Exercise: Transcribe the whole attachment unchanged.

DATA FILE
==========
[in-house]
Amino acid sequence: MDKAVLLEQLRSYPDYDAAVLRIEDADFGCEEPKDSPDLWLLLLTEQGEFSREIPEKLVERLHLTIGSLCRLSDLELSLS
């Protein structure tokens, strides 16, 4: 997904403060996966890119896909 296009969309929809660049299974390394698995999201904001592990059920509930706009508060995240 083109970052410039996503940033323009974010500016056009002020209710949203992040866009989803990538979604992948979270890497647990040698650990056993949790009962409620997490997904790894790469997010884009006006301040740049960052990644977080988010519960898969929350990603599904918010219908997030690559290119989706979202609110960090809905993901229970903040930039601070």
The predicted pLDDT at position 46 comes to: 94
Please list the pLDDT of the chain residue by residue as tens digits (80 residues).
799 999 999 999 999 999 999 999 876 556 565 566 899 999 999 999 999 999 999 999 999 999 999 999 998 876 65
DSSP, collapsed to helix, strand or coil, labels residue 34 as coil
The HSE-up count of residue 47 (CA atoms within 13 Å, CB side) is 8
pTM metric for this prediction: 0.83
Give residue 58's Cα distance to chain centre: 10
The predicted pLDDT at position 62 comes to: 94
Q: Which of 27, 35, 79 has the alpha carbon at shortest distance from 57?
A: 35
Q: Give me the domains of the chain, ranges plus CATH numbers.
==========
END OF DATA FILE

[in-house]
Amino acid sequence: MDKAVLLEQLRSYPDYDAAVLRIEDADFGCEEPKDSPDLWLLLLTEQGEFSREIPEKLVERLHLTIGSLCRLSDLELSLS
């Protein structure tokens, strides 16, 4: 997904403060996966890119896909 296009969309929809660049299974390394698995999201904001592990059920509930706009508060995240 083109970052410039996503940033323009974010500016056009002020209710949203992040866009989803990538979604992948979270890497647990040698650990056993949790009962409620997490997904790894790469997010884009006006301040740049960052990644977080988010519960898969929350990603599904918010219908997030690559290119989706979202609110960090809905993901229970903040930039601070």
The predicted pLDDT at position 46 comes to: 94
Please list the pLDDT of the chain residue by residue as tens digits (80 residues).
799 999 999 999 999 999 999 999 876 556 565 566 899 999 999 999 999 999 999 999 999 999 999 999 998 876 65
DSSP, collapsed to helix, strand or coil, labels residue 34 as coil
The HSE-up count of residue 47 (CA atoms within 13 Å, CB side) is 8
pTM metric for this prediction: 0.83
Give residue 58's Cα distance to chain centre: 10
The predicted pLDDT at position 62 comes to: 94
Q: Which of 27, 35, 79 has the alpha carbon at shortest distance from 57?
A: 35
Q: Give me the domains of the chain, ranges plus CATH numbers.